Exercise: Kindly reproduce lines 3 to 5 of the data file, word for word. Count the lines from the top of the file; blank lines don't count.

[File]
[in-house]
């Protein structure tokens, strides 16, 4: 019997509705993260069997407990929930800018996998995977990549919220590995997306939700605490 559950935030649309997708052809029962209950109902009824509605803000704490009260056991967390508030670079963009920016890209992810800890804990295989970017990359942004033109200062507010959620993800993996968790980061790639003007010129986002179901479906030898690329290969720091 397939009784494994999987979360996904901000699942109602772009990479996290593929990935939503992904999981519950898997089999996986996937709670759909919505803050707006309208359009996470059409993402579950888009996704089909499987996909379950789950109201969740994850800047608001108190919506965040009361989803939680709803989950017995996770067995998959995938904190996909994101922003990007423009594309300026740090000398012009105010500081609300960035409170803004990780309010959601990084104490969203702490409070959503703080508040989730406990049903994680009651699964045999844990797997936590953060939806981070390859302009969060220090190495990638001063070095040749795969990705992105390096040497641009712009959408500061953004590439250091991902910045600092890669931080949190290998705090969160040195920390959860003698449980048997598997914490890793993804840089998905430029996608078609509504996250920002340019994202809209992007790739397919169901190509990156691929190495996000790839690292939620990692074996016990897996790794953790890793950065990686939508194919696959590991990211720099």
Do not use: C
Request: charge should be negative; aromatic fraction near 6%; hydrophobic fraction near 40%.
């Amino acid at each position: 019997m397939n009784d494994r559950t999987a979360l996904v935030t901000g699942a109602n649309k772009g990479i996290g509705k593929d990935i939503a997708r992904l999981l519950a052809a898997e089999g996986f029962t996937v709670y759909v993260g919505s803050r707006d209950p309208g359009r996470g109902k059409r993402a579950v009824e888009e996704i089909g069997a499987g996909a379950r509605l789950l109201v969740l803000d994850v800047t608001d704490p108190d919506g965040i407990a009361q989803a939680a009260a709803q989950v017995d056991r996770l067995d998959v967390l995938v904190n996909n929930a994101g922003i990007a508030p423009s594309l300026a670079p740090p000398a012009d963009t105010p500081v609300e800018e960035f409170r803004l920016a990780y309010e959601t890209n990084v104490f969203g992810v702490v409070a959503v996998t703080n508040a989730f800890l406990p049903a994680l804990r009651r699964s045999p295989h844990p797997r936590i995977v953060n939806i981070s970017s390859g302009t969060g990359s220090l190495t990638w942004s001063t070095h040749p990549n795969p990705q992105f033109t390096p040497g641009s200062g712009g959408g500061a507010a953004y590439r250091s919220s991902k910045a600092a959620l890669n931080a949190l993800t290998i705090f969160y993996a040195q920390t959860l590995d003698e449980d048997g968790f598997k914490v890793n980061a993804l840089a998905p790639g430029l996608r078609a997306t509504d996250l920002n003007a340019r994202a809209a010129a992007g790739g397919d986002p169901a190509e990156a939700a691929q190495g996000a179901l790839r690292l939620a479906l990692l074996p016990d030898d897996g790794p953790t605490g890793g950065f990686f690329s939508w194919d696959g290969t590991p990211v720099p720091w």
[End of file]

Do not use: C
Request: charge should be negative; aromatic fraction near 6%; hydrophobic fraction near 40%.
């Amino acid at each position: 019997m397939n009784d494994r559950t999987a979360l996904v935030t901000g699942a109602n649309k772009g990479i996290g509705k593929d990935i939503a997708r992904l999981l519950a052809a898997e089999g996986f029962t996937v709670y759909v993260g919505s803050r707006d209950p309208g359009r996470g109902k059409r993402a579950v009824e888009e996704i089909g069997a499987g996909a379950r509605l789950l109201v969740l803000d994850v800047t608001d704490p108190d919506g965040i407990a009361q989803a939680a009260a709803q989950v017995d056991r996770l067995d998959v967390l995938v904190n996909n929930a994101g922003i990007a508030p423009s594309l300026a670079p740090p000398a012009d963009t105010p500081v609300e800018e960035f409170r803004l920016a990780y309010e959601t890209n990084v104490f969203g992810v702490v409070a959503v996998t703080n508040a989730f800890l406990p049903a994680l804990r009651r699964s045999p295989h844990p797997r936590i995977v953060n939806i981070s970017s390859g302009t969060g990359s220090l190495t990638w942004s001063t070095h040749p990549n795969p990705q992105f033109t390096p040497g641009s200062g712009g959408g500061a507010a953004y590439r250091s919220s991902k910045a600092a959620l890669n931080a949190l993800t290998i705090f969160y993996a040195q920390t959860l590995d003698e449980d048997g968790f598997k914490v890793n980061a993804l840089a998905p790639g430029l996608r078609a997306t509504d996250l920002n003007a340019r994202a809209a010129a992007g790739g397919d986002p169901a190509e990156a939700a691929q190495g996000a179901l790839r690292l939620a479906l990692l074996p016990d030898d897996g790794p953790t605490g890793g950065f990686f690329s939508w194919d696959g290969t590991p990211v720099p720091w």